The following is a guest post from Princeton University political science doctoral candidate Andrew Shaver.
While many in the media have focused their attention on the Islamic State’s reprehensible activities – the beheadings, mass executions and amputations – the story of the organization’s ongoing battle with the Iraqi government to win the allegiance of local citizens plays in the background. Which side prevails in that unseen struggle will ultimately determine the group’s staying power.
For its part, the Islamic State is attempting to administer Iraqi and Syrian communities it now considers part of the Islamist caliphate it has declared. To do so, the organization has engaged in a variety of actions to provide for Sunni Muslims in those areas, including ensuring that wheat is available to citizens: The group has seized “grain stored in government silos, [and is] milling it and distributing the flour on the local market.”
In Syria’s Raqqa province, which is firmly under Islamic State control, it is reported that the organization’s militants “fix potholes, bus people between the territories they control, rehabilitate blighted medians to make roads more aesthetically pleasing, and operate a post office…”
But almost entirely unnoticed is how the Iraqi government has responded. Central to the battle for the hearts and minds of Iraq’s Sunnis is the supply of electricity. In June, fellow Princeton doctoral student Gabriel Tenorio and I, writing for The Post, described results of our research, which indicate that increased electricity supply during the Iraq war was associated with strong and persistent reductions in levels of insurgent violence against coalition forces. In light of these results, we suggested that the Iraqi government employ a “strategy [against the Islamic State] that combines offensive military tactics with meeting the needs of citizens within affected communities.”
Unfortunately, such strategy requires that the Iraqi military penetrate Islamic State strongholds, which it has yet to do. Perhaps as a result, the Iraqi government has done largely the opposite, and potentially with good strategic effect.
The United Nations released satellite imagery this summer comparing a large swath of northern Iraq between May and June showing significant reductions in night lights (and, therefore, electricity) between those dates. Since then, Iraq’s central government has provided me with province-level electricity statistics for the months before and after the Islamic State’s spread through Iraq.
The data are striking: within the three provinces most affected by the Islamic State – Anbar, Ninewa and Salah Al Din – the organization’s arrival has been marked by massive reductions in electricity supply. In Ninewa, which was hardest hit, mean monthly electricity load fell from more than 866 megawatts in May to 186 megawatts in August. Meanwhile, electricity levels throughout the rest of Iraq have remained stable (Figure 1).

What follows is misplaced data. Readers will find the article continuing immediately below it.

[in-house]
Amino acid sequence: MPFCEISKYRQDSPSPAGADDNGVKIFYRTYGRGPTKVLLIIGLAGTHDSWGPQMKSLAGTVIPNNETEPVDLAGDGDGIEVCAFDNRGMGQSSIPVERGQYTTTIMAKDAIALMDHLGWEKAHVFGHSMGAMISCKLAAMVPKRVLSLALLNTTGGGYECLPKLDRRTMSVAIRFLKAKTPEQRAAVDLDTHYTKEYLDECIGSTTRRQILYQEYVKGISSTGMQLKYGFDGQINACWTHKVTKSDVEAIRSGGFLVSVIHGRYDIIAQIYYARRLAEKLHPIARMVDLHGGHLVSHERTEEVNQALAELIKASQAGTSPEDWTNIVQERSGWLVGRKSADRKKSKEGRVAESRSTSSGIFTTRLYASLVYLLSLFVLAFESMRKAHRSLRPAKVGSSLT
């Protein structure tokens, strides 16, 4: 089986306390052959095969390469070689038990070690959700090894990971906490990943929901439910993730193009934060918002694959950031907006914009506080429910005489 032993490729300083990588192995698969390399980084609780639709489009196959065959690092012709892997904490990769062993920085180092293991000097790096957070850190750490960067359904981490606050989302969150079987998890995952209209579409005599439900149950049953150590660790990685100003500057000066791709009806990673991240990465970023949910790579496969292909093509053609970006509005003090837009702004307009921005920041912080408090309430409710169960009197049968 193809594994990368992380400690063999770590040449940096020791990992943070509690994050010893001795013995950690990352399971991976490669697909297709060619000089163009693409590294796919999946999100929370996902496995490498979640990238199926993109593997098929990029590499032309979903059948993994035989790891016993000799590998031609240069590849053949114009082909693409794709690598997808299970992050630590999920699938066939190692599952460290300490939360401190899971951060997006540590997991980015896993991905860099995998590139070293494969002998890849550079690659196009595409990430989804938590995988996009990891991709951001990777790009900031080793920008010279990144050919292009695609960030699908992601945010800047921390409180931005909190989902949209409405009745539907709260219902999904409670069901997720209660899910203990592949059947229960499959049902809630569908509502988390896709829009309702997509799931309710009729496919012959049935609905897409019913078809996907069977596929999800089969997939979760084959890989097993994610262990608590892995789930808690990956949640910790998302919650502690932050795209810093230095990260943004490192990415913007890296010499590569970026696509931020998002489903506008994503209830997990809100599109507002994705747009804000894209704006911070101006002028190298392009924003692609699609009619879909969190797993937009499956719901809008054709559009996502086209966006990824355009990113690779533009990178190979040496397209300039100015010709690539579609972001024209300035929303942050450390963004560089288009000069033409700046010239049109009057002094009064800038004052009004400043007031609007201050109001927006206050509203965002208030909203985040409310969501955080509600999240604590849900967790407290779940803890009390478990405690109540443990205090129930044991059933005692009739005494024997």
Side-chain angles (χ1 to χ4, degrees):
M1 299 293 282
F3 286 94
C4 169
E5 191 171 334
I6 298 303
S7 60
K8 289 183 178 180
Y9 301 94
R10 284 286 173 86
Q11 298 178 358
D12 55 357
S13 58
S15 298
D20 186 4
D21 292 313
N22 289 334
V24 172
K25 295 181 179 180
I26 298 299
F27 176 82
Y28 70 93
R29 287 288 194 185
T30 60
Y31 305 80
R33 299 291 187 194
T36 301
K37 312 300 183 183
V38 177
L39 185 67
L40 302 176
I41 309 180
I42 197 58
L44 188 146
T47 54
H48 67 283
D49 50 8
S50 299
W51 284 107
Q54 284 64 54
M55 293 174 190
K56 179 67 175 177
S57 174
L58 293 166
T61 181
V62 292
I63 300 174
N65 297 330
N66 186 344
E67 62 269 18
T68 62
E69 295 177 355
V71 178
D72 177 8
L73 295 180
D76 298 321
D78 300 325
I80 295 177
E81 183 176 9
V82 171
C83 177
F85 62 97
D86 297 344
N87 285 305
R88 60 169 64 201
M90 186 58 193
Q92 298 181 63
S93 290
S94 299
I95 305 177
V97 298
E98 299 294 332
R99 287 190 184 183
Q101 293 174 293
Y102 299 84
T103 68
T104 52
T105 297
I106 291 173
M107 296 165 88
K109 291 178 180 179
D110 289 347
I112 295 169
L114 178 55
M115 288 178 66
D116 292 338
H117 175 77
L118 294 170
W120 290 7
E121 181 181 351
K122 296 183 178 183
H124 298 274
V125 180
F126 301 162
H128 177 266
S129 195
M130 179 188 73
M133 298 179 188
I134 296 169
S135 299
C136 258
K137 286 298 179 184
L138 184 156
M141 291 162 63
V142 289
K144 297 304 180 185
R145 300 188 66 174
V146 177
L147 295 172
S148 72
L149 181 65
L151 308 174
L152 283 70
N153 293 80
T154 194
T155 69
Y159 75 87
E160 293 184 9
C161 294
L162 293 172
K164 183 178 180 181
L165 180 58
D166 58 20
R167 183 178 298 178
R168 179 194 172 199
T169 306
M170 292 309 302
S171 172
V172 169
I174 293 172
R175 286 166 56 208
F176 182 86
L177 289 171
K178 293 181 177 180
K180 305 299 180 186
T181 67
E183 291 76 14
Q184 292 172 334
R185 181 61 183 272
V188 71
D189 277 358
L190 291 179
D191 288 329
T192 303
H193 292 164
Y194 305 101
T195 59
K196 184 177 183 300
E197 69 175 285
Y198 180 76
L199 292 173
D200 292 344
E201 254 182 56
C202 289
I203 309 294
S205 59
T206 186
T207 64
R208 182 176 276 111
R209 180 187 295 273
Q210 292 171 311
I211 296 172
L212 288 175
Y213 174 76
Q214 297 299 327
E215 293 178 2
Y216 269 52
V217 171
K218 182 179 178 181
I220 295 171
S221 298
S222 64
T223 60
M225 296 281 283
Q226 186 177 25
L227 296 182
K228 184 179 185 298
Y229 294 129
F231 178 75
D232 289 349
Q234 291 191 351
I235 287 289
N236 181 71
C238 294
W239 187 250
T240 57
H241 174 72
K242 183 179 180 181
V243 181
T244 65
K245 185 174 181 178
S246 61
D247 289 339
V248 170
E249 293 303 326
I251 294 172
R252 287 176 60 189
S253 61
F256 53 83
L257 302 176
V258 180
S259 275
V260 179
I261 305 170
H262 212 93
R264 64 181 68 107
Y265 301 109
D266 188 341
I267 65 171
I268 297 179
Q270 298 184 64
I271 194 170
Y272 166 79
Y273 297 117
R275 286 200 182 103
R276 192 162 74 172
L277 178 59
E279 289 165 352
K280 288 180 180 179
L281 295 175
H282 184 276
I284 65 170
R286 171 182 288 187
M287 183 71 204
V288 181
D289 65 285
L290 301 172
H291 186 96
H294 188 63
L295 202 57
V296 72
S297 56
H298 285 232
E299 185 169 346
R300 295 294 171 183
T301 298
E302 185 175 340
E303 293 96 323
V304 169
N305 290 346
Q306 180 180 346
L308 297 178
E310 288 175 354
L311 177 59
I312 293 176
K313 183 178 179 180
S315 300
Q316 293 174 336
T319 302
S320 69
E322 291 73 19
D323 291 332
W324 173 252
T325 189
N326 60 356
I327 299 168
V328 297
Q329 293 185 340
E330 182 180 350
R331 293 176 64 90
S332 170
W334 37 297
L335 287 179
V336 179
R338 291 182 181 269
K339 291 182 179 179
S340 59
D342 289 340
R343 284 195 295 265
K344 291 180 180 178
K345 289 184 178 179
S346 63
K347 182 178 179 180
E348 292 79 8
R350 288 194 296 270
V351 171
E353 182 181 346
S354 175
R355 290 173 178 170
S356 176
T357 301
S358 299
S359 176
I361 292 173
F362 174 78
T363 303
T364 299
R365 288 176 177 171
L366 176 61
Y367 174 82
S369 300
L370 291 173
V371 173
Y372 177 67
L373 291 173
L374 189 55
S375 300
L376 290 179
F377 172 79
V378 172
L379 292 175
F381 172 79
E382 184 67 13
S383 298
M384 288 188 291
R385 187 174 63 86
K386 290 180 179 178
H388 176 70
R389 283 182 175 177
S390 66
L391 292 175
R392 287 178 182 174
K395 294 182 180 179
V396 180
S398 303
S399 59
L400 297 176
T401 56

In fact, other provinces appear to have benefited from the diverted electricity. Basrah, for instance, had more electricity in August than during any other month during the past 20 (Figure 2).
While the Islamic State’s spread has certainly affected the local economy (and, therefore, consumption of electricity) in these provinces, reduced commercial activity is unlikely to account for precipitous declines in electricity. For years, demand for electricity has greatly outstripped supply in Iraq. As a means of assessing electricity demand, the Iraqi government regularly “floods” communities with electricity to assess consumption in the absence of supply restrictions. Figure 3 depicts the estimated supply-demand gulf over a six-year period.
Even in the face of substantial reductions in demand following the Islamic State’s spread, supply may still not have been sufficient to satisfy demand.
The observed reductions have resulted from changes in supply. Fighting between Iraqi military and Islamic State forces has resulted in some downed transmission lines, although this factor alone cannot explain the massive reductions. And there is little evidence that the Islamic State seeks to keep to the lights off in the areas it now controls. Instead, the group has launched an aggressive campaign to secure control of Iraq’s major dams, which are capable of generating significant levels of hydroelectric power. Similarly, in Syria, in an effort to keep the lights on, the organization now “runs an electricity office that monitors electricity-use levels, installs new power lines and hosts workshops on how to repair old ones.”
A distinct possibility is that the Iraqi central government has cut off power to areas of the country under Islamic State control. Iraq’s Kurdistan regional government has done so. Under this scenario, Baghdad may be calculating that by restricting the supply of electricity, affected Iraqis will direct blame for the lost electricity on the occupying militants. If they do, the government may benefit as local Iraqis report on the Islamic State’s activities, passively resist the organization and so on.
Whatever the cause of the massive reductions, the longer the lights remain out, the more accustomed citizens in heavily Shiite areas like Basrah are likely to become to their newfound electricity levels. It may be worth considering how these communities will react if and when their electricity levels are reduced to once again provide for Iraq’s Sunni communities, some of which supported ISIS as the organization first pushed into Iraq.